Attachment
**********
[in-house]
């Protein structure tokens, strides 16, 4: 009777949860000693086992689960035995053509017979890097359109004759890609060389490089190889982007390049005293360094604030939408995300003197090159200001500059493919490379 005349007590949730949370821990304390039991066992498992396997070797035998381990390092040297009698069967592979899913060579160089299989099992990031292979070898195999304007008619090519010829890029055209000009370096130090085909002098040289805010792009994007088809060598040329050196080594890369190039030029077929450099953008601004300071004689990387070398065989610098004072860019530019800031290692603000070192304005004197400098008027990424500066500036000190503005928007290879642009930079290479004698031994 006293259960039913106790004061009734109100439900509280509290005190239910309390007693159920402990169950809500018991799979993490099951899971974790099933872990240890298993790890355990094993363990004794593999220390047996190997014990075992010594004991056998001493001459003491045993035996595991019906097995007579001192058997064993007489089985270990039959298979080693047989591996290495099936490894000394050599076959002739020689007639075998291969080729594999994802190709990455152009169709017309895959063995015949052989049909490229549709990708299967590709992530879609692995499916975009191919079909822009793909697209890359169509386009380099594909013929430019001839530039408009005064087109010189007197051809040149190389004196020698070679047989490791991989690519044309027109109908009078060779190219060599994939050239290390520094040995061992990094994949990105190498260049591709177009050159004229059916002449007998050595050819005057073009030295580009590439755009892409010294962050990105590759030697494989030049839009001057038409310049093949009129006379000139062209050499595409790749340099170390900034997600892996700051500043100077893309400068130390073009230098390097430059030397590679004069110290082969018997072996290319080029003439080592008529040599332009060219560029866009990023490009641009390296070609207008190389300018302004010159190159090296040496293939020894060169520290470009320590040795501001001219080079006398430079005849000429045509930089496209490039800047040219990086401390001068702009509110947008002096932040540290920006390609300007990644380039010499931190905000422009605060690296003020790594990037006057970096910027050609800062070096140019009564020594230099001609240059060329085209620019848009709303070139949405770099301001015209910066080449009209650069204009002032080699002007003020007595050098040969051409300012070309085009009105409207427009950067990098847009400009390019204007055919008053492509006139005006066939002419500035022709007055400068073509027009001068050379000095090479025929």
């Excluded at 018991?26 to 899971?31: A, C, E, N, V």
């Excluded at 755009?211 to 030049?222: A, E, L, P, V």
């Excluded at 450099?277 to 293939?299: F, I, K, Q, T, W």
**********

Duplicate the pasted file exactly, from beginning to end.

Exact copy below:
[in-house]
């Protein structure tokens, strides 16, 4: 009777949860000693086992689960035995053509017979890097359109004759890609060389490089190889982007390049005293360094604030939408995300003197090159200001500059493919490379 005349007590949730949370821990304390039991066992498992396997070797035998381990390092040297009698069967592979899913060579160089299989099992990031292979070898195999304007008619090519010829890029055209000009370096130090085909002098040289805010792009994007088809060598040329050196080594890369190039030029077929450099953008601004300071004689990387070398065989610098004072860019530019800031290692603000070192304005004197400098008027990424500066500036000190503005928007290879642009930079290479004698031994 006293259960039913106790004061009734109100439900509280509290005190239910309390007693159920402990169950809500018991799979993490099951899971974790099933872990240890298993790890355990094993363990004794593999220390047996190997014990075992010594004991056998001493001459003491045993035996595991019906097995007579001192058997064993007489089985270990039959298979080693047989591996290495099936490894000394050599076959002739020689007639075998291969080729594999994802190709990455152009169709017309895959063995015949052989049909490229549709990708299967590709992530879609692995499916975009191919079909822009793909697209890359169509386009380099594909013929430019001839530039408009005064087109010189007197051809040149190389004196020698070679047989490791991989690519044309027109109908009078060779190219060599994939050239290390520094040995061992990094994949990105190498260049591709177009050159004229059916002449007998050595050819005057073009030295580009590439755009892409010294962050990105590759030697494989030049839009001057038409310049093949009129006379000139062209050499595409790749340099170390900034997600892996700051500043100077893309400068130390073009230098390097430059030397590679004069110290082969018997072996290319080029003439080592008529040599332009060219560029866009990023490009641009390296070609207008190389300018302004010159190159090296040496293939020894060169520290470009320590040795501001001219080079006398430079005849000429045509930089496209490039800047040219990086401390001068702009509110947008002096932040540290920006390609300007990644380039010499931190905000422009605060690296003020790594990037006057970096910027050609800062070096140019009564020594230099001609240059060329085209620019848009709303070139949405770099301001015209910066080449009209650069204009002032080699002007003020007595050098040969051409300012070309085009009105409207427009950067990098847009400009390019204007055919008053492509006139005006066939002419500035022709007055400068073509027009001068050379000095090479025929």
């Excluded at 018991?26 to 899971?31: A, C, E, N, V």
């Excluded at 755009?211 to 030049?222: A, E, L, P, V």
């Excluded at 450099?277 to 293939?299: F, I, K, Q, T, W």